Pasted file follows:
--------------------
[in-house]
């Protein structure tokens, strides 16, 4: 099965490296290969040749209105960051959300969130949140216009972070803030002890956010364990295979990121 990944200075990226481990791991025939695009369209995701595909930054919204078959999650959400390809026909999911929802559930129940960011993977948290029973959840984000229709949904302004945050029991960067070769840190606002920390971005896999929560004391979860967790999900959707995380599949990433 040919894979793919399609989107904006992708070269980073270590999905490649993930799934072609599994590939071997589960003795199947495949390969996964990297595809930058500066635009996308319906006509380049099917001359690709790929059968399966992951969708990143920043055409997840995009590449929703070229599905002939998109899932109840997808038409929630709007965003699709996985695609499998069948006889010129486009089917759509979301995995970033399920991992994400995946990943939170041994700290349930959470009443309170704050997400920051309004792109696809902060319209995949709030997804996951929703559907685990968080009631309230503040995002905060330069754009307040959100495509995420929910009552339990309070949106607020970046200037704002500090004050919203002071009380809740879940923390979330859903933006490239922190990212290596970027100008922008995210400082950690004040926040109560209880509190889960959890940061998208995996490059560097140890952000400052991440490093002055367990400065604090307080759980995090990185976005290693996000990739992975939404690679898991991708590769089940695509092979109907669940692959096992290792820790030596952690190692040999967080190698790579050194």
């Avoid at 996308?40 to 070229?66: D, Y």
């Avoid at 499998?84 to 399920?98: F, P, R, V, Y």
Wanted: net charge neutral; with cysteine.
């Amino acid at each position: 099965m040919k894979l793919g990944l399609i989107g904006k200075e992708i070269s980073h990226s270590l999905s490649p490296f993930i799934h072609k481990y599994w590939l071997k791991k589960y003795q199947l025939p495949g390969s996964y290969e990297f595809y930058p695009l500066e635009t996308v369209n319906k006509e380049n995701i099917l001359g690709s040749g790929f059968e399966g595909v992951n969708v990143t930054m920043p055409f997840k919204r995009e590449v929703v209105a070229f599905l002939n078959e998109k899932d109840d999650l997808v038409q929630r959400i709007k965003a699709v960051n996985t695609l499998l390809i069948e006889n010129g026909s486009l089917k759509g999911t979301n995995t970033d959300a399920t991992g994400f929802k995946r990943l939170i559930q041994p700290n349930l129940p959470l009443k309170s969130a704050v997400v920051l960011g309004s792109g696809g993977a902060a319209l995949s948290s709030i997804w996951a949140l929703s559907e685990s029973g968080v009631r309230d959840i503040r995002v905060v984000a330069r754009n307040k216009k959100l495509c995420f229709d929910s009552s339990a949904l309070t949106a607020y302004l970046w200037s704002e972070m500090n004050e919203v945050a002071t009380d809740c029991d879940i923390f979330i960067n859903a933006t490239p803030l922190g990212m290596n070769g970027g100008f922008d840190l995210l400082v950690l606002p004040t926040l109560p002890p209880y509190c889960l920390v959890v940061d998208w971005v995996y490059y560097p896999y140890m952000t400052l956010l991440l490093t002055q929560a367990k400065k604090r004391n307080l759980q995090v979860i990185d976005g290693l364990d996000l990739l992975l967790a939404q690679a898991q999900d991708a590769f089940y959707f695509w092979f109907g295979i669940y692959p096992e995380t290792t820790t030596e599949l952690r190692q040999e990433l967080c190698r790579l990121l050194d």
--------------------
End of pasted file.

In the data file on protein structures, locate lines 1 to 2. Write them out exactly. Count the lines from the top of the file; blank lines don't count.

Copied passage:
[in-house]
């Protein structure tokens, strides 16, 4: 099965490296290969040749209105960051959300969130949140216009972070803030002890956010364990295979990121 990944200075990226481990791991025939695009369209995701595909930054919204078959999650959400390809026909999911929802559930129940960011993977948290029973959840984000229709949904302004945050029991960067070769840190606002920390971005896999929560004391979860967790999900959707995380599949990433 040919894979793919399609989107904006992708070269980073270590999905490649993930799934072609599994590939071997589960003795199947495949390969996964990297595809930058500066635009996308319906006509380049099917001359690709790929059968399966992951969708990143920043055409997840995009590449929703070229599905002939998109899932109840997808038409929630709007965003699709996985695609499998069948006889010129486009089917759509979301995995970033399920991992994400995946990943939170041994700290349930959470009443309170704050997400920051309004792109696809902060319209995949709030997804996951929703559907685990968080009631309230503040995002905060330069754009307040959100495509995420929910009552339990309070949106607020970046200037704002500090004050919203002071009380809740879940923390979330859903933006490239922190990212290596970027100008922008995210400082950690004040926040109560209880509190889960959890940061998208995996490059560097140890952000400052991440490093002055367990400065604090307080759980995090990185976005290693996000990739992975939404690679898991991708590769089940695509092979109907669940692959096992290792820790030596952690190692040999967080190698790579050194």